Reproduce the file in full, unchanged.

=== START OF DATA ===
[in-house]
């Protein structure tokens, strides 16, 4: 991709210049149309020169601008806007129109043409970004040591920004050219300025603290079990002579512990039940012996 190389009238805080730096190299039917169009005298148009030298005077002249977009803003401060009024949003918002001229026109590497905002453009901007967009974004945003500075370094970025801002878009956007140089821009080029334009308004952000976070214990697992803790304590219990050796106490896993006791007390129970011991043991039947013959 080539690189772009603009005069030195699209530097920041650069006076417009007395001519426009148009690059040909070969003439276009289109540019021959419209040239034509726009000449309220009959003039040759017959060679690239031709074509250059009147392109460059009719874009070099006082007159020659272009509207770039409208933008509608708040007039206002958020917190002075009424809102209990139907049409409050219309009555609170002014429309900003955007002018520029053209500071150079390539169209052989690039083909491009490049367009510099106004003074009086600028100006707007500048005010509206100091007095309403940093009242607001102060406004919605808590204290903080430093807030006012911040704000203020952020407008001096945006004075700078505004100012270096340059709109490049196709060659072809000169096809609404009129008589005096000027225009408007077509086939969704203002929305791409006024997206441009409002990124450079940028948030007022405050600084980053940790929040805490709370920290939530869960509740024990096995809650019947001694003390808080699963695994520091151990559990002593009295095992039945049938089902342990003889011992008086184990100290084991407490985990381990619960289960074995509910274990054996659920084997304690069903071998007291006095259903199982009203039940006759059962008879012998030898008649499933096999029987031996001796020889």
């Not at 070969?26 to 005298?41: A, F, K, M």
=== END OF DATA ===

[in-house]
């Protein structure tokens, strides 16, 4: 991709210049149309020169601008806007129109043409970004040591920004050219300025603290079990002579512990039940012996 190389009238805080730096190299039917169009005298148009030298005077002249977009803003401060009024949003918002001229026109590497905002453009901007967009974004945003500075370094970025801002878009956007140089821009080029334009308004952000976070214990697992803790304590219990050796106490896993006791007390129970011991043991039947013959 080539690189772009603009005069030195699209530097920041650069006076417009007395001519426009148009690059040909070969003439276009289109540019021959419209040239034509726009000449309220009959003039040759017959060679690239031709074509250059009147392109460059009719874009070099006082007159020659272009509207770039409208933008509608708040007039206002958020917190002075009424809102209990139907049409409050219309009555609170002014429309900003955007002018520029053209500071150079390539169209052989690039083909491009490049367009510099106004003074009086600028100006707007500048005010509206100091007095309403940093009242607001102060406004919605808590204290903080430093807030006012911040704000203020952020407008001096945006004075700078505004100012270096340059709109490049196709060659072809000169096809609404009129008589005096000027225009408007077509086939969704203002929305791409006024997206441009409002990124450079940028948030007022405050600084980053940790929040805490709370920290939530869960509740024990096995809650019947001694003390808080699963695994520091151990559990002593009295095992039945049938089902342990003889011992008086184990100290084991407490985990381990619960289960074995509910274990054996659920084997304690069903071998007291006095259903199982009203039940006759059962008879012998030898008649499933096999029987031996001796020889």
């Not at 070969?26 to 005298?41: A, F, K, M």